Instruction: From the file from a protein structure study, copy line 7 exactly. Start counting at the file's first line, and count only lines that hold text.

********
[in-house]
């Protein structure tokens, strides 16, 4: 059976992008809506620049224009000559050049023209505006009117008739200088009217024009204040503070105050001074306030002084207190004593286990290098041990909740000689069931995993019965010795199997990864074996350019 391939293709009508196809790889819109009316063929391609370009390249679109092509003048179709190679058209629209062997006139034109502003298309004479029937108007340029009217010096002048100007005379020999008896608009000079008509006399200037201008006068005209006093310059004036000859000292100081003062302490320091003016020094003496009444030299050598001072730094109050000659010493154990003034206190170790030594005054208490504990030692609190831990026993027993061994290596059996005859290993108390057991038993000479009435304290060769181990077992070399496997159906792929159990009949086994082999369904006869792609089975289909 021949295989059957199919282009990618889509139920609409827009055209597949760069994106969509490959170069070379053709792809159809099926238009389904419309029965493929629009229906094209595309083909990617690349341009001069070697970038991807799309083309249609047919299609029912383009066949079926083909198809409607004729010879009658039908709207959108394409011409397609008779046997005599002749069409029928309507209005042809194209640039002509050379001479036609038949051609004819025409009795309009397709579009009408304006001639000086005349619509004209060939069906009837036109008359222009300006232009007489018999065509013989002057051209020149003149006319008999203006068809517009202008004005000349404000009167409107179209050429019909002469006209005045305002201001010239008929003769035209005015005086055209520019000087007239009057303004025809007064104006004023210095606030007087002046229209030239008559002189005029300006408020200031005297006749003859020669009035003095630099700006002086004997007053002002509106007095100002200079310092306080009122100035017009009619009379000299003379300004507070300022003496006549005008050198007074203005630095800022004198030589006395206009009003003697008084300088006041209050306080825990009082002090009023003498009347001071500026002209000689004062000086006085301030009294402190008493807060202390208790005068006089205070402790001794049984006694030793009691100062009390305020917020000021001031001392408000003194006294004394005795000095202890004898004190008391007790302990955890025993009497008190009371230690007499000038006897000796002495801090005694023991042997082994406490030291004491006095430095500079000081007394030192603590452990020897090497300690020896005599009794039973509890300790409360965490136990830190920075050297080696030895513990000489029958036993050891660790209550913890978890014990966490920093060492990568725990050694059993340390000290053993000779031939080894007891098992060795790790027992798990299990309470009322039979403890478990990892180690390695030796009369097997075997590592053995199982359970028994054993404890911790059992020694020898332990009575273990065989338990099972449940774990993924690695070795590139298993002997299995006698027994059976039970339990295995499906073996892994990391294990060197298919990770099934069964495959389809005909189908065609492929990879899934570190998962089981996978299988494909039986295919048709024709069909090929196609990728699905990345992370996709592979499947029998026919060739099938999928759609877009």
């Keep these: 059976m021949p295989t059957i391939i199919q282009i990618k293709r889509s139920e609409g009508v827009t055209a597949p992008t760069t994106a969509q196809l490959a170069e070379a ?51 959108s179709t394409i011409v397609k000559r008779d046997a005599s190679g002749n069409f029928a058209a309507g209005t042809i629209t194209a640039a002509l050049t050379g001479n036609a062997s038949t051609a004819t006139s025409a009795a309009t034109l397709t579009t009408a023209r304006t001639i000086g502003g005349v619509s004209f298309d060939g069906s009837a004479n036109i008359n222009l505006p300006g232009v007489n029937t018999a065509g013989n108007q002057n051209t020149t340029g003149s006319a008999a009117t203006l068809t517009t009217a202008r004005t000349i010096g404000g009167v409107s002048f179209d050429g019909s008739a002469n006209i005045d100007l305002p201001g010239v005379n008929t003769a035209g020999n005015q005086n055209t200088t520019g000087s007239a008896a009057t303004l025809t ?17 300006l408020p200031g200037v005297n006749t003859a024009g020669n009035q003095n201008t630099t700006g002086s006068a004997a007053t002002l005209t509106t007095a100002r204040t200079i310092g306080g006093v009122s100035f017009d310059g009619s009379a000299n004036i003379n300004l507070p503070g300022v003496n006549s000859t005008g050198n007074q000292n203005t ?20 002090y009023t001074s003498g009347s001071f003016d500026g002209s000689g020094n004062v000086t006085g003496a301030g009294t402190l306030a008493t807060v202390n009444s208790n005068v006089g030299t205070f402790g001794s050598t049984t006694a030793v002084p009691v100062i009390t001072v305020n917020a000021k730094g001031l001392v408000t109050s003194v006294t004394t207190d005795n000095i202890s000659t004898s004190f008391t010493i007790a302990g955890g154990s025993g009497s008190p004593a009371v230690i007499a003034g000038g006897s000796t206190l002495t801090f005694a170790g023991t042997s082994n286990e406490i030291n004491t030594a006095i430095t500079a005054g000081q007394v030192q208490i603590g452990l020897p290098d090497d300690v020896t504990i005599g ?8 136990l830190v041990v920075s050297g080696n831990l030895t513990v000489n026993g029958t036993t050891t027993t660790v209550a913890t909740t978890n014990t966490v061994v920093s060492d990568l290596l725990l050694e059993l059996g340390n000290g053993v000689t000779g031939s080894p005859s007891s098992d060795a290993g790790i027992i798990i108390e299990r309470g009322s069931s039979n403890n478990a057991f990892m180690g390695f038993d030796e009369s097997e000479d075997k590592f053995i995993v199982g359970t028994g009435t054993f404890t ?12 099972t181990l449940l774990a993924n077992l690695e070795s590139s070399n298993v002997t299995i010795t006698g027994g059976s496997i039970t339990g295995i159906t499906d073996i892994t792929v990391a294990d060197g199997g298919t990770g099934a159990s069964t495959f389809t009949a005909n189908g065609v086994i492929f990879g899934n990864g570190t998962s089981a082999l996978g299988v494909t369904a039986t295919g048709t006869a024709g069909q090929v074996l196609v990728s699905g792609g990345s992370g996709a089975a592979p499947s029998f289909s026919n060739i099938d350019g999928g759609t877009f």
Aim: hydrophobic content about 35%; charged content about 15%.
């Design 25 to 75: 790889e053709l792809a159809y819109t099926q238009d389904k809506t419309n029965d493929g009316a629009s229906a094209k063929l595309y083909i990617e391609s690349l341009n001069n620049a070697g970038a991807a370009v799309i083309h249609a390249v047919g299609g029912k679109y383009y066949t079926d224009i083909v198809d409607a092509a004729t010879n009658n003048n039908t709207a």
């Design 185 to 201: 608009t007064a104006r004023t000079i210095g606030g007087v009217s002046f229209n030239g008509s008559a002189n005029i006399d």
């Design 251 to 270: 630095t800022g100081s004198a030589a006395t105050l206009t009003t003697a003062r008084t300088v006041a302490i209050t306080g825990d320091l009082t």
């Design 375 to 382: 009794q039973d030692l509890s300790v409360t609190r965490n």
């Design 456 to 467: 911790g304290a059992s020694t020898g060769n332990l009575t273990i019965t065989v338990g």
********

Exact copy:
């Design 251 to 270: 630095t800022g100081s004198a030589a006395t105050l206009t009003t003697a003062r008084t300088v006041a302490i209050t306080g825990d320091l009082t």